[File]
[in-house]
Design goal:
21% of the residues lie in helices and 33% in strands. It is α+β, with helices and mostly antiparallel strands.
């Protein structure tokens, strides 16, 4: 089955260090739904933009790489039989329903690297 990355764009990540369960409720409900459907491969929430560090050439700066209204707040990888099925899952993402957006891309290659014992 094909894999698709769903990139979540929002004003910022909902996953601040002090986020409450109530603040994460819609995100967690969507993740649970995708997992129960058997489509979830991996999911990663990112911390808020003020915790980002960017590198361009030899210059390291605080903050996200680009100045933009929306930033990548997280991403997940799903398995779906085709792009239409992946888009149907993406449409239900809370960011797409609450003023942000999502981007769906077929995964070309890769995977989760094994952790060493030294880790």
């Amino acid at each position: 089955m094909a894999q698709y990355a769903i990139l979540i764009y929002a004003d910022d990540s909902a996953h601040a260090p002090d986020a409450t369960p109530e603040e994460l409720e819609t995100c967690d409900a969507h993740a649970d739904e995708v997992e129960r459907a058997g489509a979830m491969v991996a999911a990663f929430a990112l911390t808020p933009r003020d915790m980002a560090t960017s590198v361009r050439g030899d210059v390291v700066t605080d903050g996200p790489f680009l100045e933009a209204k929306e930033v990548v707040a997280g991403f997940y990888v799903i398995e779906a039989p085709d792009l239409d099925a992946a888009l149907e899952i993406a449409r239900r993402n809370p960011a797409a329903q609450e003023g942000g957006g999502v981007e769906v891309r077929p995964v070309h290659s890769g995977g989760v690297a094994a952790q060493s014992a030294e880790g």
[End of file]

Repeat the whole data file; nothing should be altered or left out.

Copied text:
[in-house]
Design goal:
21% of the residues lie in helices and 33% in strands. It is α+β, with helices and mostly antiparallel strands.
């Protein structure tokens, strides 16, 4: 089955260090739904933009790489039989329903690297 990355764009990540369960409720409900459907491969929430560090050439700066209204707040990888099925899952993402957006891309290659014992 094909894999698709769903990139979540929002004003910022909902996953601040002090986020409450109530603040994460819609995100967690969507993740649970995708997992129960058997489509979830991996999911990663990112911390808020003020915790980002960017590198361009030899210059390291605080903050996200680009100045933009929306930033990548997280991403997940799903398995779906085709792009239409992946888009149907993406449409239900809370960011797409609450003023942000999502981007769906077929995964070309890769995977989760094994952790060493030294880790």
């Amino acid at each position: 089955m094909a894999q698709y990355a769903i990139l979540i764009y929002a004003d910022d990540s909902a996953h601040a260090p002090d986020a409450t369960p109530e603040e994460l409720e819609t995100c967690d409900a969507h993740a649970d739904e995708v997992e129960r459907a058997g489509a979830m491969v991996a999911a990663f929430a990112l911390t808020p933009r003020d915790m980002a560090t960017s590198v361009r050439g030899d210059v390291v700066t605080d903050g996200p790489f680009l100045e933009a209204k929306e930033v990548v707040a997280g991403f997940y990888v799903i398995e779906a039989p085709d792009l239409d099925a992946a888009l149907e899952i993406a449409r239900r993402n809370p960011a797409a329903q609450e003023g942000g957006g999502v981007e769906v891309r077929p995964v070309h290659s890769g995977g989760v690297a094994a952790q060493s014992a030294e880790g």